Purchase New Tires with Zippity
Zero-hassle installation at your workplace
Mounting and balancing service
Recycling of your old tires
What You Need to Know
When do you need new tires?
If your current tires have been damaged beyond patching or repair
If your tire tread is below the safety level recommended by the manufacturer.
How do you find your tire size?
You can find your tire size in a few different places:
1) Owner’s manual
2) Door Jamb
3) On the tire itself
Important factors to consider when purchasing new tires:
Mileage Warranty is the guarantee by the tire manufacturer about how long your tires will last.
Manufacturers may be willing to give you a pro-rated refund if you properly maintained your tires, have the records to prove it, and the tires are down to the final 2/32” of tread before you reach the guaranteed mileage.
Note that many high quality tires do not come with a warranty, especially if they are winter tires. This is not a reflection of their quality or performance. Instead, this is because some tires are intentionally built to stay flexible and grippy in order to have the best performance in certain conditions (like cold or wet weather). Flexible tires, with softer tread compounds typically do not last as long as harder, less flexible tires and therefore have shorter mileage warranties (if they have them at all).
So, when you are picking tires, make sure you consider both the tire’s performance for the conditions you are driving in as well as the tire’s warranty.
Do you need to pick “OE” Tires?
OE (Original Equipment) tires match the specification of the tires that originally came with your vehicle from the factory. If you like how your tires have performed and don’t feel the need to change, you can select a tire that we have marked as meeting the OE specification.
However, picking a tire that matches the Original Equipment tire isn’t always required and doesn’t necessarily mean you are picking the best possible tire for your vehicle. There are several reasons you may want to pick other tires, such as wanting to improve fuel efficiency, have a quieter ride, or better handling. If you have questions about this, please reach out to us and we’d be happy to help!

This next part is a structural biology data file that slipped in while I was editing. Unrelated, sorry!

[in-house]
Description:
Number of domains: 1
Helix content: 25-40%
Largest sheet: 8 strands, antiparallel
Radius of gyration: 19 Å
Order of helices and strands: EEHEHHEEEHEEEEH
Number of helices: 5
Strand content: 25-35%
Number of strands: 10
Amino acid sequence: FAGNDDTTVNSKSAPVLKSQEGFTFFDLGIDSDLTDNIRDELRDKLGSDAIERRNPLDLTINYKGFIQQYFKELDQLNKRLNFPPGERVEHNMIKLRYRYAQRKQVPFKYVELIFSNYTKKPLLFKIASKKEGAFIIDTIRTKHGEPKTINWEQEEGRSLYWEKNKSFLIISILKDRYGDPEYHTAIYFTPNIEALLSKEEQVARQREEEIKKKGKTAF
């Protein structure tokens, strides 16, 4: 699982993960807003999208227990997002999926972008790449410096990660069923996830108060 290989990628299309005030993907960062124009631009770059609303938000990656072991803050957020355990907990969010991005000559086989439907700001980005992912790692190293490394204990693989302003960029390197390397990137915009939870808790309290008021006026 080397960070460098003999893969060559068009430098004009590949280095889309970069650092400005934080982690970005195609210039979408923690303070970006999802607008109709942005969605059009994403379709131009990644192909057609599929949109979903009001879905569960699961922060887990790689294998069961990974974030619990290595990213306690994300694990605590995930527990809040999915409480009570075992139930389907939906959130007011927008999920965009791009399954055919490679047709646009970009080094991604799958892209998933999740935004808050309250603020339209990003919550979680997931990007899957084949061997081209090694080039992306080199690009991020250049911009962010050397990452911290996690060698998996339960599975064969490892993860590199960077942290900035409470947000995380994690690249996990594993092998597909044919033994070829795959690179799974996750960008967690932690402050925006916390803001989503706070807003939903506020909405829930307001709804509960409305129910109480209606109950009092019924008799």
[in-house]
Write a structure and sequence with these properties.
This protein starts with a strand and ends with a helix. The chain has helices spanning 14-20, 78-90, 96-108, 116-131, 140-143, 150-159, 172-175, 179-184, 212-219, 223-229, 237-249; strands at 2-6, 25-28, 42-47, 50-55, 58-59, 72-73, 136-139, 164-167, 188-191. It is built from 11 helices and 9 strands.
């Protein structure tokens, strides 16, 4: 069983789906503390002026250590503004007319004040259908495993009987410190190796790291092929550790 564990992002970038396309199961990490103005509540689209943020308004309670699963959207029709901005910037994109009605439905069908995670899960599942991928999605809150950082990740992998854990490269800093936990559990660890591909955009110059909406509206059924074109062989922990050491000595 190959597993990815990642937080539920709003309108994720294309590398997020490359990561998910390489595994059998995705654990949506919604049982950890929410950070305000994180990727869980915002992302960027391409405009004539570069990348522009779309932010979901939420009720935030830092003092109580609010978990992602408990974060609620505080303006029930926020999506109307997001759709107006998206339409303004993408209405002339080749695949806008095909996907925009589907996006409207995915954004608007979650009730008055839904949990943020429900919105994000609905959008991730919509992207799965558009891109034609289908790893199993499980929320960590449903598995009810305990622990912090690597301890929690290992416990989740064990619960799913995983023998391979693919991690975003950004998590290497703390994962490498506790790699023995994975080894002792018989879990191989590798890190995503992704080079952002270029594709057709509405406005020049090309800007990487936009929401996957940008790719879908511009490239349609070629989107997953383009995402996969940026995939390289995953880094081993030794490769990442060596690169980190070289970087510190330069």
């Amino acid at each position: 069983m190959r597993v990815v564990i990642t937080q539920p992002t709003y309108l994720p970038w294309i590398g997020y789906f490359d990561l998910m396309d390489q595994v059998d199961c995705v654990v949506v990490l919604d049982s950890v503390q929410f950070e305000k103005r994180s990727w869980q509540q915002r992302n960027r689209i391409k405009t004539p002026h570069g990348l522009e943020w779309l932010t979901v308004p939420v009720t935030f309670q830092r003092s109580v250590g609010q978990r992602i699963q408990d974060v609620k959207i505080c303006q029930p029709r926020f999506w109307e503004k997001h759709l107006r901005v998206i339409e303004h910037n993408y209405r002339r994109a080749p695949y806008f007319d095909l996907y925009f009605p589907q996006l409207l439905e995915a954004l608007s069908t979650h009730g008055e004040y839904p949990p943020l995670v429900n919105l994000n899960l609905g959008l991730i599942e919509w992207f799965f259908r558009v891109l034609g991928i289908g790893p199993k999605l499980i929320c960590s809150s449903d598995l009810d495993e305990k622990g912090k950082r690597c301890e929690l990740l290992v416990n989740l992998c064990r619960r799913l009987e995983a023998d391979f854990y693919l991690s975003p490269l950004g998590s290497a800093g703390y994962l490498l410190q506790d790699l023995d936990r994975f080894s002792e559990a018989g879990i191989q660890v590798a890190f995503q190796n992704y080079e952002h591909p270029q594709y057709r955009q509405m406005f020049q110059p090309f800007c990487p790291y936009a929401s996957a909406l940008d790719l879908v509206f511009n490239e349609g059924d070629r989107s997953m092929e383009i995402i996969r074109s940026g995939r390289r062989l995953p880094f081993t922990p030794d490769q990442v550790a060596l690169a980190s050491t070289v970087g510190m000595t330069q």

What Performance Factors should I be considering?
Tread Wear Rating
Tread wear rating is the measure of how long your tires are expected to last (under perfect conditions). Typically, the higher the tread wear number the better. However, you should beware of trade offs between tread wear and traction. A higher Tread Wear rating might mean worse traction or performance in some cases.
Traction rating indicates how well the tire stops. A higher letter (closer to A) grade means shorter stopping distance on a wet road.
AA: Highest grade (very rare, only 3% of tires rated AA)
A: Good performance. Most tires are rated A.
B & C: slightly poorer performance but 20% or fewer of tires have this rating.
Temperature rating is the tire’s ability to resist and disperse heat. A high temperature rating (A) means that a tire is well equipped to withstand deterioration when operating in high temperatures. A low temperature rating (C) means the tire is more likely to deteriorate or blowout when operating at high temperatures.
A: High temperature rating. Very resistant to heat.
B: Average temperature rating. Somewhat resistant to heat.
C: Lowest temperature rating. Minimum performance standard required by federal regulations.
The Speed Rating is the maximum speed that a tire can handle under perfect conditions. Note that this is not the speed at which you normally drive.
Speed Rating T: Max speed of 118mph, typically designed for sedans or minivans (everyday passenger vehicles)
Speed Rating H: Max speed of 130mph, typically designed for Sports cars, Luxury Sedans & Coupes
Speed Rating V: Max Speed of 149 mph, typically designed for sports cars or luxury coupes/sedans
Speed Rating W: Max Speed of 168 mph, typically designed for performance sports cars
Tire life time varies by the type of tire and driving conditions but typically ranges between 20,000-50,000 miles. Zippity recommends regularly checking on your tire tread depth to make sure your tires are safe to drive on!